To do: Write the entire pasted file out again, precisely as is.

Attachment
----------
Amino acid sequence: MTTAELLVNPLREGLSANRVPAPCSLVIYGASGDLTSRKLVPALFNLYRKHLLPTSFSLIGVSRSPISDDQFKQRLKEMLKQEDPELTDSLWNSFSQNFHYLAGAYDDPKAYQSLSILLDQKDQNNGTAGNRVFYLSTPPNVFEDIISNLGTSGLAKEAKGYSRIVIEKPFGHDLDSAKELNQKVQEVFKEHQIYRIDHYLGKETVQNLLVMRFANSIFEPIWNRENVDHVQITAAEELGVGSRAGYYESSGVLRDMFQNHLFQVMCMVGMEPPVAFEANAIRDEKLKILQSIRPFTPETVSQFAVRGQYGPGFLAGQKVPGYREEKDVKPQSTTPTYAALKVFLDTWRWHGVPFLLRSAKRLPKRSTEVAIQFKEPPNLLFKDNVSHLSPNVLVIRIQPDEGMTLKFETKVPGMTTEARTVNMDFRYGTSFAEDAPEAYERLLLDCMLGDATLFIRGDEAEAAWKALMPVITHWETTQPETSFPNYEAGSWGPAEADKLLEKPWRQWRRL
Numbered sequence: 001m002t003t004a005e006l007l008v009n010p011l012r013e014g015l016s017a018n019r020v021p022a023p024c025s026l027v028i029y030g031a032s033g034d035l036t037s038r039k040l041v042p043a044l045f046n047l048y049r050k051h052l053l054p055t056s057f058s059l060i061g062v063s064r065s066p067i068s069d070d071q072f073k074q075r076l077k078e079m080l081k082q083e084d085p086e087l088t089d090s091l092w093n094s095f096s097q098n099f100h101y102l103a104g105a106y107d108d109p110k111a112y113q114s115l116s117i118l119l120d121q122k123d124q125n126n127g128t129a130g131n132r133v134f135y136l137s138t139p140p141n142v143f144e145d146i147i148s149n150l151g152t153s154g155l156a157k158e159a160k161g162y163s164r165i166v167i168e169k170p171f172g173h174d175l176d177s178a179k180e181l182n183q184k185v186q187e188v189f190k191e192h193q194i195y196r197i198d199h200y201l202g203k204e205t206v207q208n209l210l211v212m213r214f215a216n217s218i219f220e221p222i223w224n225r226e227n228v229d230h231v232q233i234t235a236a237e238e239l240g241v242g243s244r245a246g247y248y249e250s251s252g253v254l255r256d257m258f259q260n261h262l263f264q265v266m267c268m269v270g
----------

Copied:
Amino acid sequence: MTTAELLVNPLREGLSANRVPAPCSLVIYGASGDLTSRKLVPALFNLYRKHLLPTSFSLIGVSRSPISDDQFKQRLKEMLKQEDPELTDSLWNSFSQNFHYLAGAYDDPKAYQSLSILLDQKDQNNGTAGNRVFYLSTPPNVFEDIISNLGTSGLAKEAKGYSRIVIEKPFGHDLDSAKELNQKVQEVFKEHQIYRIDHYLGKETVQNLLVMRFANSIFEPIWNRENVDHVQITAAEELGVGSRAGYYESSGVLRDMFQNHLFQVMCMVGMEPPVAFEANAIRDEKLKILQSIRPFTPETVSQFAVRGQYGPGFLAGQKVPGYREEKDVKPQSTTPTYAALKVFLDTWRWHGVPFLLRSAKRLPKRSTEVAIQFKEPPNLLFKDNVSHLSPNVLVIRIQPDEGMTLKFETKVPGMTTEARTVNMDFRYGTSFAEDAPEAYERLLLDCMLGDATLFIRGDEAEAAWKALMPVITHWETTQPETSFPNYEAGSWGPAEADKLLEKPWRQWRRL
Numbered sequence: 001m002t003t004a005e006l007l008v009n010p011l012r013e014g015l016s017a018n019r020v021p022a023p024c025s026l027v028i029y030g031a032s033g034d035l036t037s038r039k040l041v042p043a044l045f046n047l048y049r050k051h052l053l054p055t056s057f058s059l060i061g062v063s064r065s066p067i068s069d070d071q072f073k074q075r076l077k078e079m080l081k082q083e084d085p086e087l088t089d090s091l092w093n094s095f096s097q098n099f100h101y102l103a104g105a106y107d108d109p110k111a112y113q114s115l116s117i118l119l120d121q122k123d124q125n126n127g128t129a130g131n132r133v134f135y136l137s138t139p140p141n142v143f144e145d146i147i148s149n150l151g152t153s154g155l156a157k158e159a160k161g162y163s164r165i166v167i168e169k170p171f172g173h174d175l176d177s178a179k180e181l182n183q184k185v186q187e188v189f190k191e192h193q194i195y196r197i198d199h200y201l202g203k204e205t206v207q208n209l210l211v212m213r214f215a216n217s218i219f220e221p222i223w224n225r226e227n228v229d230h231v232q233i234t235a236a237e238e239l240g241v242g243s244r245a246g247y248y249e250s251s252g253v254l255r256d257m258f259q260n261h262l263f264q265v266m267c268m269v270g